xt7pnv997b9r https://exploreuk.uky.edu/dips/xt7pnv997b9r/data/mets.xml The Frontier Nursing Service, Inc. 1975 bulletins  English The Frontier Nursing Service, Inc. Contact the Special Collections Research Center for information regarding rights and use of this collection. Frontier Nursing Service Quarterly Bulletins Frontier Nursing Service Quarterly Bulletin, Vol. 50, No. 3, Winter 1975 text Frontier Nursing Service Quarterly Bulletin, Vol. 50, No. 3, Winter 1975 1975 2014 true xt7pnv997b9r section xt7pnv997b9r I I I
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Photograph by Rufus Fugatc

 US ISSN 0016-2116 l
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The Frontier Nursing Service extends its az
grateful thanks to the photographers who have ‘i
given us a permanent record of the dedication ofthe  
Mary Breckinridge Hospital—Mr. Perle Asher and I
Mr. Rufus Fugate of Hyden, Miss Gabrielle Beasley _
who came from New York for the occasion, and Miss Q
Phyllis Long, an FNS nurse-midwife. 3,
` l
Published at the end oi each Quarter by the Frontier Nursing Service, Inc. ` l
Lexington, Ky. ~
Subscription Price $2.00 a Year ·
Edit0r’s Oflice. \Vcnd0ver, Kentucky 41775 `
Second class postage paid at Lexington, Ky. 40507 ~ ,
Send Form 3579 to Frontier Nursing Service, Wendover, Ky. 41775 "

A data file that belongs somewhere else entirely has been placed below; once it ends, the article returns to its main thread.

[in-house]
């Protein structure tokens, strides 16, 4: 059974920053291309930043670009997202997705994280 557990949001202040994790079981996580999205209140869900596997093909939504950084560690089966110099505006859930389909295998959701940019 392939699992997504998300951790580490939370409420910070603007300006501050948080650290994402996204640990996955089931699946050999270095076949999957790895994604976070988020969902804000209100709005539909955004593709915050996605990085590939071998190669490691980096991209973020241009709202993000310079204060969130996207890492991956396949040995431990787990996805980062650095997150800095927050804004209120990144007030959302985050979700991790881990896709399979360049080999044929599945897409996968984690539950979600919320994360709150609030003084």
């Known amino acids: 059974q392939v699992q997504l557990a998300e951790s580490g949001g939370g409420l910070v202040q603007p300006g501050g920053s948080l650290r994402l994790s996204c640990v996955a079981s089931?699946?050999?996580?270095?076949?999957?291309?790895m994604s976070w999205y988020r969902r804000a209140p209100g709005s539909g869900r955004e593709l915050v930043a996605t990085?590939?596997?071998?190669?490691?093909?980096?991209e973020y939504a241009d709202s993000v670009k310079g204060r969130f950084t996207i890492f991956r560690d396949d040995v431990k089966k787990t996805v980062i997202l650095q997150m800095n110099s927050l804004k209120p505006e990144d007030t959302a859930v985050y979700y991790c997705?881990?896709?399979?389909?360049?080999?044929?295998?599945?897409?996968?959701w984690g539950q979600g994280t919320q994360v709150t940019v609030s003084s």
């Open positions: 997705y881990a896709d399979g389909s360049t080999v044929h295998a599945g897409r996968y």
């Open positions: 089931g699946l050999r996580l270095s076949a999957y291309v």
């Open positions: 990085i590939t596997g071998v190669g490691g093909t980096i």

Copyright 1975, Frontier Nursing Service, Inc. '

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, The guests gather for the dedication of the Mary Breckinridge Hospital
on January 5, 1975.
Perle Asher

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Helen E. Browne presents the contents of the cornerstone
to Mrs. A. E. Cornett and Miss Betty Lester. .
Gabrielle Beasley \
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  y   Y ` ., Breckinridge's Bible, a photograph of _
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Breckinrioge Hospital from the FNS staff, to Miss Browne as the Hon. Tim Lee Carter
and other guests look on.
Gabrielle Beasley

{ The honor of dedicating the Mary Breckinridge Hospital
II, went, rightly, to our National Chairman for the past fifteen years,
I Mrs. Jefferson Patterson. Mrs. Patterson spoke briefly of the early
•I days of the Service, when she was a courier, of the progress that
sf has been made in the area since the Twenties, and of some of the
accomplishments of the Frontier Nursing Service. In conclusion,
Mrs. Patterson said:
. "I wish to give thanks to those who have made it possible: our
mountain neighbors, our staff, and donors from all over the country who
gave generously ....
"Four years ago, on Mary Breckinridge Day, I had the pleasure of
breaking ground here, in the presence of a large and distinguished
company. Now, as the culmination of years of effort and struggle, with
the support of thousands of donors, I have the honor and privilege of
dedicating the Mary Breckinridge Hospital and Frontier Nursing
Clinical Training Center to the service of the people, in loving memory
‘ of Mary Breckinridge."
'   ~ , I   -. I The National Chairman of
i V ` F ,, @5 I·i ig; Frontier Nursing Service, Mrs.
`   I   ·'__I€_¤_v Jefferson Patterson, accepts